YOU’RE FINANCIALLY SECURE:
Do you know – without looking it up – how much money you make per month? How about how much you spend? How much debt you are carrying and how much money is in your saving account?
If you do know the answers to these questions, congratulations. If not, that’s perfectly fine, but you may want to take the opportunity to find the out before starting your home search. Real estate professionals need to know these numbers before they can close a deal, so it’s in you’re best interest to give them all the information they need upfront.
How do you know how much money is enough? Well, the specific number will depend on your price range, but we’ve compiled a general guide of factors that qualified buyers tend to share:
- A Steady Income: Your income could come from two sources or ten, but most financial institutions want to see that your family has the same amount of money coming in each month. To them, it’s an indicator that you’ll be able to consistently pay a mortgage.
- A Manageable Amount of Debt: Debt is like Goldie Locks. Too much is seen as a risk and so is not having a credit history at all. The ideal buyer will carry some debt – monthly rent, a car payment, and and/or student loans and be able to show a history of making payments on time and above the minimum.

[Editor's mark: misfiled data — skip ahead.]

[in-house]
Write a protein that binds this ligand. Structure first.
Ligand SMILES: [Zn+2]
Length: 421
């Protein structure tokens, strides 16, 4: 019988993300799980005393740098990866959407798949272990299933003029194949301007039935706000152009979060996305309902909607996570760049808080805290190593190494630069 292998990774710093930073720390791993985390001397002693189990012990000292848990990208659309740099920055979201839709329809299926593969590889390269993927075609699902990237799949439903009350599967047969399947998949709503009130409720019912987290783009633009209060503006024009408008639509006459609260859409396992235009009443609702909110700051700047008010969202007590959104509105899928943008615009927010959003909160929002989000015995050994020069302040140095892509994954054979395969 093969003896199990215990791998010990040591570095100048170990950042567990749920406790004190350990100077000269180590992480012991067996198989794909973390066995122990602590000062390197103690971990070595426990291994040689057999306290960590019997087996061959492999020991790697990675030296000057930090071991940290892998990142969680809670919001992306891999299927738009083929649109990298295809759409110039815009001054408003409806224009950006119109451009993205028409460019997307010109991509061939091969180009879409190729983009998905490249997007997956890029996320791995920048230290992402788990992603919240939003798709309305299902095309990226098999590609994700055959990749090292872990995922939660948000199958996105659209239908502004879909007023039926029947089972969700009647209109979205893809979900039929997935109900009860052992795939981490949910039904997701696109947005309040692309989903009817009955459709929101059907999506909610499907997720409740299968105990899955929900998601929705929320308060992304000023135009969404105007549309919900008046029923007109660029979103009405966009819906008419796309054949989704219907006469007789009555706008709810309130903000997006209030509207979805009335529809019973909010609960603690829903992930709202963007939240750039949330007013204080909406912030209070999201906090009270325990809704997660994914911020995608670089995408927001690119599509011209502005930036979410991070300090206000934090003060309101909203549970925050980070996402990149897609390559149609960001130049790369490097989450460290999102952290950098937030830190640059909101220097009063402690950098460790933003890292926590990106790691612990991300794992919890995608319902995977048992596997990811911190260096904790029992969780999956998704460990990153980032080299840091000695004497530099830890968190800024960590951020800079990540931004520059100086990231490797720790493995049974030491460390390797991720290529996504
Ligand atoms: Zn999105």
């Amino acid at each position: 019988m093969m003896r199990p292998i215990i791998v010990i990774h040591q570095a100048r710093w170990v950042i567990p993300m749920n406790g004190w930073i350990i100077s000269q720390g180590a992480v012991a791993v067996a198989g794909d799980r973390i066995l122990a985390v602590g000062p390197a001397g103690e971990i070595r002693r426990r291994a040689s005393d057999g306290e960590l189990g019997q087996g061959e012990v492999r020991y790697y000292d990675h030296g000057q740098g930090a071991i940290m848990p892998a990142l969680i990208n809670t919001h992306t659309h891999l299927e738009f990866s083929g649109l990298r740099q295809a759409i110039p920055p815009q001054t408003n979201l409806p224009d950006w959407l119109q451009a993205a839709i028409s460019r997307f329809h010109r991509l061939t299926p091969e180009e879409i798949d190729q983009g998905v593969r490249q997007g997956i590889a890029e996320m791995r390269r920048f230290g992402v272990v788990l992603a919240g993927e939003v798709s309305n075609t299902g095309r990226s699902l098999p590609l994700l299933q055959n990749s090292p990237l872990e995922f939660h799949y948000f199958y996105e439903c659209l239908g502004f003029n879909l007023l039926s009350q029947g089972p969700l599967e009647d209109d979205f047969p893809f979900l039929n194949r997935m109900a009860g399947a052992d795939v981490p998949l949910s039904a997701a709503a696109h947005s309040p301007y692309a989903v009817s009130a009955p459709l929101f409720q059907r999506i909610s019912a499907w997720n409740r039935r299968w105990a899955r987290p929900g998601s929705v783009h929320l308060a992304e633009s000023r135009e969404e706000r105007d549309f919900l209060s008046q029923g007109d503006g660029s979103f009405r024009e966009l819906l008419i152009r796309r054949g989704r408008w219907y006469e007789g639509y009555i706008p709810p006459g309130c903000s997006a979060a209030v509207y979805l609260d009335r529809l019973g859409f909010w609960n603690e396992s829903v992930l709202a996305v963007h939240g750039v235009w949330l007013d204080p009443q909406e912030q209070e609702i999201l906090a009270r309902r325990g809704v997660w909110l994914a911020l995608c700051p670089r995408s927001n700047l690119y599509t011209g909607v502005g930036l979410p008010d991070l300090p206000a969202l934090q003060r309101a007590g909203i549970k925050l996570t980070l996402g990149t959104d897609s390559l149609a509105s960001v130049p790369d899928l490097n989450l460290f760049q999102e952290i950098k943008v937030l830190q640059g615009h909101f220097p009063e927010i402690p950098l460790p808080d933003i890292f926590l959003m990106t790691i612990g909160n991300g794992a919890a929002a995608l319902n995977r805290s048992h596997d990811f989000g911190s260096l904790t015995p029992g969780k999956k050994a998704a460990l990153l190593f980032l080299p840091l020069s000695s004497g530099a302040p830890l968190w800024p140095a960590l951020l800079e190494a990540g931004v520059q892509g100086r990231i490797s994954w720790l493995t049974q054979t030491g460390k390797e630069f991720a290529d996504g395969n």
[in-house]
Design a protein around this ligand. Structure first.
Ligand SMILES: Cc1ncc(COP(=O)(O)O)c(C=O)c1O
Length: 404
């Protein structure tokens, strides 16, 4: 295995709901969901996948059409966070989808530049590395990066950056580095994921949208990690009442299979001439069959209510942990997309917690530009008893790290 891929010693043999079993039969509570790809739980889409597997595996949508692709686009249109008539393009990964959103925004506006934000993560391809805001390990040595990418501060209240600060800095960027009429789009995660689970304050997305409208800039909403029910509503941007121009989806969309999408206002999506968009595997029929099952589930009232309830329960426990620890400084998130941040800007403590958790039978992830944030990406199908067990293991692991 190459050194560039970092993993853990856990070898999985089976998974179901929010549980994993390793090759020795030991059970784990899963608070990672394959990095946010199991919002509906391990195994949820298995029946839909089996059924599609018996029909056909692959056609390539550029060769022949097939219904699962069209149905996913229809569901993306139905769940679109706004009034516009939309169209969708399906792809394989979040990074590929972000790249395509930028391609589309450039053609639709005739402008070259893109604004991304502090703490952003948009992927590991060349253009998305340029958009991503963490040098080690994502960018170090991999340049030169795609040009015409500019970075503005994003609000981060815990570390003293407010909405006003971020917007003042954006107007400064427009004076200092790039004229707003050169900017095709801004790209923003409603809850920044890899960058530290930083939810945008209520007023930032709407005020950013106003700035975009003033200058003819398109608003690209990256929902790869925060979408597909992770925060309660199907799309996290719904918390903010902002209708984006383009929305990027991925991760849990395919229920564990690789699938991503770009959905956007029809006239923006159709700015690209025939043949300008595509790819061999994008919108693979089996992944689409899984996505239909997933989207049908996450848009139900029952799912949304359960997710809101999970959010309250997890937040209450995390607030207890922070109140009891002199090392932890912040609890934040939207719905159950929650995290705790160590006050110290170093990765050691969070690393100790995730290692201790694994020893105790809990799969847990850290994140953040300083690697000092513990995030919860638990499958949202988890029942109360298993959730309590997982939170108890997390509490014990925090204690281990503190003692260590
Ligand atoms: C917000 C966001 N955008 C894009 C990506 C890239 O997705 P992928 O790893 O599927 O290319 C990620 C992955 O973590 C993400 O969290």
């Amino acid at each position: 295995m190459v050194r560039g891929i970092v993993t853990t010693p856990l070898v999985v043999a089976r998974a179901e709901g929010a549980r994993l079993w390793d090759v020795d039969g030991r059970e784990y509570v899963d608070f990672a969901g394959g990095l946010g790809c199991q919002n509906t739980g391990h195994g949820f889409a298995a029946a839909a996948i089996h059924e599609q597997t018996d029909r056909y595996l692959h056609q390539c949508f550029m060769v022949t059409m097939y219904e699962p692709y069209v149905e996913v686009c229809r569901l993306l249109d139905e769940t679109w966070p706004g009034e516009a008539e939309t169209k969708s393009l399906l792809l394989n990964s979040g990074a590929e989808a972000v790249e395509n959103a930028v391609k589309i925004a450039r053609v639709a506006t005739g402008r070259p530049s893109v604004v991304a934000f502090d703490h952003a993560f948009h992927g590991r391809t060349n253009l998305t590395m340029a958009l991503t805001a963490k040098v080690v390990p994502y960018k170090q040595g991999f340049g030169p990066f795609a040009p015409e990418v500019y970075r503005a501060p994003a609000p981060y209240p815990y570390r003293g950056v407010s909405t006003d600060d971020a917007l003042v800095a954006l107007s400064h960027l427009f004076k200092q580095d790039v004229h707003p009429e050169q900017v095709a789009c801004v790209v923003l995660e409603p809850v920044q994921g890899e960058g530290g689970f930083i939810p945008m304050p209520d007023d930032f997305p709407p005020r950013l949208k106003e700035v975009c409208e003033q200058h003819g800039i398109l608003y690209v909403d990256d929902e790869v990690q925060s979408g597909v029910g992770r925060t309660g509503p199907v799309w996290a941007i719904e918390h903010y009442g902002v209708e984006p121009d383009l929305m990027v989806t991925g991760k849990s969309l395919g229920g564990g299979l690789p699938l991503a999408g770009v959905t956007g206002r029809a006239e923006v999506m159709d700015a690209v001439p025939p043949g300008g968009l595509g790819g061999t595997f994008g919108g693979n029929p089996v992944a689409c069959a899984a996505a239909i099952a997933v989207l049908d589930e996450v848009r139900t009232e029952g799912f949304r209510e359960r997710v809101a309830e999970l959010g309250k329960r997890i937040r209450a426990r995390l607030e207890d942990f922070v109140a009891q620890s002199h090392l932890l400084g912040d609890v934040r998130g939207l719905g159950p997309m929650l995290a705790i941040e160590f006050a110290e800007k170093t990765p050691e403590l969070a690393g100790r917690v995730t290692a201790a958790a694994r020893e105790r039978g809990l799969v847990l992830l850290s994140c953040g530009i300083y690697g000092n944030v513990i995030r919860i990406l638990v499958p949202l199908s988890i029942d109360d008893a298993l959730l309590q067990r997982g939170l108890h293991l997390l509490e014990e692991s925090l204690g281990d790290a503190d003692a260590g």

- A Savings Account: Most banks prefer that their clients be able to make a down payment on a home that is 15-20% of the purchase price. You’ll want to have a savings account that reflects that number and still leaves some left over for upfront costs and rainy day emergencies.
If that breakdown doesn’t sound like your financials at all, now might not be the right time for you to buy. But, if you’re on the fence, play with some numbers. Calculate a price range in which you’d be able to make that 20% down payment, a mortgage payment, and still be able to live comfortably. Then, use listing websites to take a look at a few homes in that range. If you see something you like, go for it! On the other hand, if you find yourself wanting to stretch the absolute maximum, maybe put buying on the back burner until you have a few more resources.
YOU KNOW WHAT YOU NEED:
While you’ll certainly be looking at a variety of homes once you decide to officially enter the real estate market, you’ll be able to make your time spent looking at showings much more valuable if you have an idea of what you need from your home.
As a quick refresher, the things you need from a home are your dealbreakers – those factors that you are absolutely, positively, unwilling to compromise on. For most people, these are things like a home’s distance from work, the number of bedrooms and bathrooms, or the cost of annual property taxes.
Do you know what you need from a new home or at least have a sense? If you find yourself swaying on factors that should be set in stone, it may be worth it to give yourself some time to come to a conclusion. Remember: Once you buy a home, you want to be happy in it for a while.
Deciding on whether or not you’re ready to buy a home is no easy task. It’s something that requires a lot of forethought, discussion, and planning – individually and as a family unit. We know it can get overwhelming, so feel free to use this post as a jumping off point. Whether you decide to get in contact with a real estate agent or to keep searching for the perfect apartment, we’re happy to help you feel secure in your decision.